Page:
Bone Grafting Springboro OH

Major & Minor Bone Grafting

Over a period of time, the jawbone associated with missing teeth atrophies or is reabsorbed. This often leaves a condition in which there are poor quality and quantity of bone suitable for placement of dental implants. In these situations, most patients are not candidates for placement of dental implants.

Today, we have the ability to grow bone where needed. This not only gives us the opportunity to place implants of proper length and width, it also gives us a chance to restore functionality and aesthetic appearance.

Major Bone Grafting

Bone grafting can repair implant sites with inadequate bone structure due to previous extractions, gum disease or injuries. The bone is either obtained from a tissue bank or your own bone is taken from the jaw, hip or tibia (below the knee). Sinus bone grafts are also performed to replace bone in the posterior upper jaw. In addition, special membranes may be utilized that dissolve under the gum and protect the bone graft and encourage bone regeneration. This is called guided bone regeneration or guided tissue regeneration.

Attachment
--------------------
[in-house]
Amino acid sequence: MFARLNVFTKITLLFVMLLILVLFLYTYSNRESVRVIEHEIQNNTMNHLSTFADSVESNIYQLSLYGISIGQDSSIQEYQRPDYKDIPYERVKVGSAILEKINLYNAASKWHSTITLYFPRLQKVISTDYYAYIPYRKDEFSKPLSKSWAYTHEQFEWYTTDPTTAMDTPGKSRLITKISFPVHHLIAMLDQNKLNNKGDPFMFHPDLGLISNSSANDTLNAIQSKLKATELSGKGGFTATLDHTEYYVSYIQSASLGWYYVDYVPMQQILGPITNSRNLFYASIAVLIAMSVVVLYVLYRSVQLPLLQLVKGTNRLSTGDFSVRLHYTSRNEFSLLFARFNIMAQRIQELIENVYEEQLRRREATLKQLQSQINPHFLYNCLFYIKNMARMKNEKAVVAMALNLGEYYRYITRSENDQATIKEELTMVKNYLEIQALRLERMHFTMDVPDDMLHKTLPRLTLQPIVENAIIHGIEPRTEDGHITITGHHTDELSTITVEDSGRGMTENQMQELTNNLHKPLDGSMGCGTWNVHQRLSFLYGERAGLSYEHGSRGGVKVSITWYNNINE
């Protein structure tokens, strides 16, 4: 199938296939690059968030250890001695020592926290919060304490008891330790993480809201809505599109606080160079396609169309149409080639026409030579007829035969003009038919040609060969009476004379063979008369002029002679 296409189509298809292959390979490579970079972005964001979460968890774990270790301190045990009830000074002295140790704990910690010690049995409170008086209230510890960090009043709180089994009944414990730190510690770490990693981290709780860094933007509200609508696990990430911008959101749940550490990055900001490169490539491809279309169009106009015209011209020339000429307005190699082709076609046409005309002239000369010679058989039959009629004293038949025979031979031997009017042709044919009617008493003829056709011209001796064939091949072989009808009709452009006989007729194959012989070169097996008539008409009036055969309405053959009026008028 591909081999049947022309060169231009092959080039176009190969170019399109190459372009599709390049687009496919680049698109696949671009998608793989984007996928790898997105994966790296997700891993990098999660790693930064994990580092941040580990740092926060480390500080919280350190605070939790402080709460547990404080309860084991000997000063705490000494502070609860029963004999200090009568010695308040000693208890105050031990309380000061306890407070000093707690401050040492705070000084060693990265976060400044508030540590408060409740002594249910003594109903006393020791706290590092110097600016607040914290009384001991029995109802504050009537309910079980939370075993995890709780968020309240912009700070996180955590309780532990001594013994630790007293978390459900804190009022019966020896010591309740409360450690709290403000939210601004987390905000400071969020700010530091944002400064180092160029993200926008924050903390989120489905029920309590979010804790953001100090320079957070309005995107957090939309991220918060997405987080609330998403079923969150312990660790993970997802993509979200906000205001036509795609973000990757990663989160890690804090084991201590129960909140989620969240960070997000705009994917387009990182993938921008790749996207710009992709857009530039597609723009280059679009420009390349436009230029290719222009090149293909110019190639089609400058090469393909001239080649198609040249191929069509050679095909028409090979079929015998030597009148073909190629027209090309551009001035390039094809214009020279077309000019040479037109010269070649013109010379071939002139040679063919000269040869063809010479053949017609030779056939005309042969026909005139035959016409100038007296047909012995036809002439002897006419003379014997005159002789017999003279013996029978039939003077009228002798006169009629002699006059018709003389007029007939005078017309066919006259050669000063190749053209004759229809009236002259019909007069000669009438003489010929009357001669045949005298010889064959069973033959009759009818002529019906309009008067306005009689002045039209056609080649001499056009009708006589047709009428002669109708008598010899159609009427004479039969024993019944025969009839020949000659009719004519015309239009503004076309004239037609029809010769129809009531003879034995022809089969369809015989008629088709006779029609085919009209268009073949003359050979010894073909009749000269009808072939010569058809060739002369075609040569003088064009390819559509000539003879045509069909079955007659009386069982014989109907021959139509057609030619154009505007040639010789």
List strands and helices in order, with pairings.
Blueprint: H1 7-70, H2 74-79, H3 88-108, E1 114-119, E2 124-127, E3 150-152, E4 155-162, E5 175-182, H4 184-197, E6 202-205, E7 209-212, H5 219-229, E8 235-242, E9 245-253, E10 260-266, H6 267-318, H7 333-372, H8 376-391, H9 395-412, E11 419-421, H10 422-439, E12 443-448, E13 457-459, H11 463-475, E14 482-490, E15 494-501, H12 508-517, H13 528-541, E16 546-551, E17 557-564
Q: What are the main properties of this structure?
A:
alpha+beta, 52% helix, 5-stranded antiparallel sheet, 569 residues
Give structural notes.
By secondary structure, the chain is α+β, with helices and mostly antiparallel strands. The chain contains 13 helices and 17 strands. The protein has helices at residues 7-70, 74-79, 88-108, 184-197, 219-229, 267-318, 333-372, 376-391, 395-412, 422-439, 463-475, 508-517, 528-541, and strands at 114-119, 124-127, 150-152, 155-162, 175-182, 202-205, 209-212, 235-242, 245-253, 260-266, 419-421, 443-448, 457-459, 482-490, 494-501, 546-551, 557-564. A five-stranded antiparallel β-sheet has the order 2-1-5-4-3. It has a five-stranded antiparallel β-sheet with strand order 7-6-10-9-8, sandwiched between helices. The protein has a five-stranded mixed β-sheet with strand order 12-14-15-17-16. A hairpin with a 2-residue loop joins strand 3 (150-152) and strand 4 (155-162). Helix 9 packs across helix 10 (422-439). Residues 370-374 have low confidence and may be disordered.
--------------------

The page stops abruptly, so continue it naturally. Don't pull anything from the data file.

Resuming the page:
Bone Grafting Overview

For a brief narrated overview of the bone grafting process, please click the image below. It will launch our educational MiniModule in a separate window that may answer some of your questions about bone grafting.

Bone Grafting Overview

What is Bone Grafting?

Bone grafts are typically performed to repair defects in the jaw bones. These defects may happen as a result of traumatic injuries, tumor surgery, or congenital defects. This also helps to secure a proper placement for a dental implant. Where the bone needs a large repair, an oral surgeon would use the patient’s own bone. This bone is harvested from a number of different sites depending on the size of the defect. The skull (cranium), hip (iliac crest), and lateral knee (tibia) are common donor sites. These procedures are routinely performed in an operating room and require a hospital stay.